Published on September 11th, 2012 | by James Conley2
Pirates Fading as Late Season Struggles Wear on Lineup Again
Since spring training, Pirates manager Clint Hurdle has rallied the team around an idea sprung from last season’s second-half collapse—finish.
As in, finish off a team when carrying a lead into the last three innings of a game. Finish the season strong when entering August with the first NL Wild Card berth and contending for a division title. Finish off a division rival before pulling both your best pitcher and best hitter over the last month out of the lineup.
After Monday’s loss in Cincinnati, Hurdle helped to see that the Pirates’ playoff chances may be just that—as in, finished.
Hurdle’s game mismanagement has been captured in exquisite detail since Ryan Ludwick’s inevitable walk-off single secured the team’s fourth-consecutive loss late last night. The decisions to pull Rodriguez after 89 pitches and only three hits, to replace power-hitting lefty Garrett Jones with pinch-runner and career-.214 hitter Chase D’Arnaud (despite having a man already in front of him on the basepaths!) and to start catcher Rod Barajas under any circumstance have all been scrutinized, and rightly so.
Still, Clint Hurdle’s managerial WAR can sink as far below The Russel Line as anyone likes—it won’t matter if the team’s best players continue to regress in the latter stages of the season.
Andrew McCutchen, who single-handedly carried an otherwise incompetent lineup through two months of staggering offensive production in June and July, fell off the map in August. Though he hit his second home run in as many games last night, McCutchen is still batting just .273 since August 1 with four home runs.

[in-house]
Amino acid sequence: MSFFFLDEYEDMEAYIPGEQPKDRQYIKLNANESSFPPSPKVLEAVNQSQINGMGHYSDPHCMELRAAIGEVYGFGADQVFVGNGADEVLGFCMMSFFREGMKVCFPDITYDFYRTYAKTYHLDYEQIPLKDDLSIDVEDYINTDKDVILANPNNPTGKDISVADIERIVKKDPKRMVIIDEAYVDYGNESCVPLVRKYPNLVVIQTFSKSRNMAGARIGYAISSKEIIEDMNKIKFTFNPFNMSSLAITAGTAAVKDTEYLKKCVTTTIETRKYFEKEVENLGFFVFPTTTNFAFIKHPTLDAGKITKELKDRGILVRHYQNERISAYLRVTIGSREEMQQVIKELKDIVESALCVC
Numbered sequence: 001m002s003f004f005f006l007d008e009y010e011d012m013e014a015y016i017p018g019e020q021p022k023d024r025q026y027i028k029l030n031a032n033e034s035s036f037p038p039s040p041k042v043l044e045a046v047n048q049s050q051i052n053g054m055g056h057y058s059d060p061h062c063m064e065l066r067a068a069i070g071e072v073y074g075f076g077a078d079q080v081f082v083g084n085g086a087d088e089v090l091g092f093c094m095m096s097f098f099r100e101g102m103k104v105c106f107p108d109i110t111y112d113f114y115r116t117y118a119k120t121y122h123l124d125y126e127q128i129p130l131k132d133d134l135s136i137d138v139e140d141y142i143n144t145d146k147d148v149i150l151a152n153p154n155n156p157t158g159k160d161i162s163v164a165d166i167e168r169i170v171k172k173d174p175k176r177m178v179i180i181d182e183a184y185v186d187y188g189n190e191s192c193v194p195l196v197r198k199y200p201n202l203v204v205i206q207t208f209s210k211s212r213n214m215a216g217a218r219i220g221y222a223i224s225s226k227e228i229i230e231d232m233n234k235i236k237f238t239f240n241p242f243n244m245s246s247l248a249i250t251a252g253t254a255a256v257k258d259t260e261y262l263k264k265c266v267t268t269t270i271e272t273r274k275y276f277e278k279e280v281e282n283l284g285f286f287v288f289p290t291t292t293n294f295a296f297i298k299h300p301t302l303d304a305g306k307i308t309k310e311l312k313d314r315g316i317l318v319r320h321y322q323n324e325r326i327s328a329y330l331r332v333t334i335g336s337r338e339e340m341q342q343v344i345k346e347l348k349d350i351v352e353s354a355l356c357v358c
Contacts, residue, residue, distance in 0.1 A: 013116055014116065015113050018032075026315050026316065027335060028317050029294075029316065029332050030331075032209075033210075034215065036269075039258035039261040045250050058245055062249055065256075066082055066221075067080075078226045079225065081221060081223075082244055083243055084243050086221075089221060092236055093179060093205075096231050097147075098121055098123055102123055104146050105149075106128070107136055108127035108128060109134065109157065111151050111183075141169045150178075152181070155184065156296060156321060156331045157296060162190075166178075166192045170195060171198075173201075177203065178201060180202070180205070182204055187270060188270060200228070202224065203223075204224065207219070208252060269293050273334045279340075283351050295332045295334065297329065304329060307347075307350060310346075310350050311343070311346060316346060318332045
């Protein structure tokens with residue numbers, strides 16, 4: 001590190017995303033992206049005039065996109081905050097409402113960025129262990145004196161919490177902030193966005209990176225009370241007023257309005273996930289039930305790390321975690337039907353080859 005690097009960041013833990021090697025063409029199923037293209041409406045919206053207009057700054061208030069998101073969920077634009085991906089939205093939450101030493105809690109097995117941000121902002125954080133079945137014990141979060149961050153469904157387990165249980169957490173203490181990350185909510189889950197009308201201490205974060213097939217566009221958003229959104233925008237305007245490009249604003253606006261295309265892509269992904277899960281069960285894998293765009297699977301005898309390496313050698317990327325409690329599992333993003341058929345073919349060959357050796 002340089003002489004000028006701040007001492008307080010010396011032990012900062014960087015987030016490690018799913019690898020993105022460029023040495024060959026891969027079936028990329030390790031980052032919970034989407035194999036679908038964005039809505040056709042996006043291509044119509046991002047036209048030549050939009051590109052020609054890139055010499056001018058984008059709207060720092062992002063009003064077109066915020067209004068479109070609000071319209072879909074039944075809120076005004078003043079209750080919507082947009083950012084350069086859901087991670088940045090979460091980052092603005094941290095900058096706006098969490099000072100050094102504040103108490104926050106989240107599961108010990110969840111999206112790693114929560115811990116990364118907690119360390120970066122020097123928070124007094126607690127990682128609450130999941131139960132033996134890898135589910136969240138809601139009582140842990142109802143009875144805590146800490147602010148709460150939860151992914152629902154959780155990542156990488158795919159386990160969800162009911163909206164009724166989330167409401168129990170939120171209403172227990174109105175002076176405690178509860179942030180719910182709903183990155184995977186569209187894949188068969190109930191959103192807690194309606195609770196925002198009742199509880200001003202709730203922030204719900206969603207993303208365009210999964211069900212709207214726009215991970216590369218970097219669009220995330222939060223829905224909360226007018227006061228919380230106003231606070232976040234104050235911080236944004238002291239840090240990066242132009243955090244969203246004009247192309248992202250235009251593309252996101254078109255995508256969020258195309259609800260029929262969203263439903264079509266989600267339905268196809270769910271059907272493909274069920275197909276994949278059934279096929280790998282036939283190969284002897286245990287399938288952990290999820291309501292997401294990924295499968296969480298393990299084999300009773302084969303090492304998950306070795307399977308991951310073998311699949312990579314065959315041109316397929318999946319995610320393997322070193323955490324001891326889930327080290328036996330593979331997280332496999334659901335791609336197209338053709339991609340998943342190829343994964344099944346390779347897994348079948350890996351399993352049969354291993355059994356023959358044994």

That’s not to say his play is the reason for the Pirates’ fade in the standings. McCutchen is rebounding, to be sure. He’s hitting .294 in 34 at-bats this month and has already matched his home run total in all of August, and his OPS in September is back up to .929, much closer to the 1.0435 OPS he posted from April-July than his season-low .693 mark in August. But those numbers are merely very good. It sounds strange, but unless his numbers are of the MVP-caliber he flashed in June and July (.408/.465/.708/1.1725, 14 home runs, 41 RBI), the Pirates simply aren’t a competitive team.
Granting McCutchen a few months of merely-mortal play, the real problem is exposed—this lineup isn’t as good as the midsummer explosion had advertised.
As Tim Williams of Pirates Prospects pointed out this morning, the Pirates are a .500 team that is prone to sharp swings between good and bad baseball, and what we’re seeing now is a regression to the mean. But even if the swing back to .500 baseball was predictable, that doesn’t make it any less disappointing—or, as last night’s game showed, unavoidable.
Unavoidable, as in the bad decisionmaking and overmanagement. The decisions by Hurdle to play start Rod Barajas (who has batted over .200 in exactly one month this season) and replace Rodriguez and Jones with two rookies backfired. Keeping them in the game could have meant a different outcome. Even Barajas’ eventual replacement, Michael McKenry, helped to seal the loss with an ill-advised fielder’s choice throw to second base in the bottom of the 14th.
And no matter whom the manager places in the lineup, he can never account for the underperformance of the team’s most important players.
Many have said that this is a team we expected to finish right around the .500 mark. How they get there is a question all its own, but after seeing what the team proved itself capable of throughout June and July, that they’ve been delivering less than half that potential in the heart of the city’s first playoff race in two decade is downright disappointing, even if not entirely surprising.
Image David Watson – flickr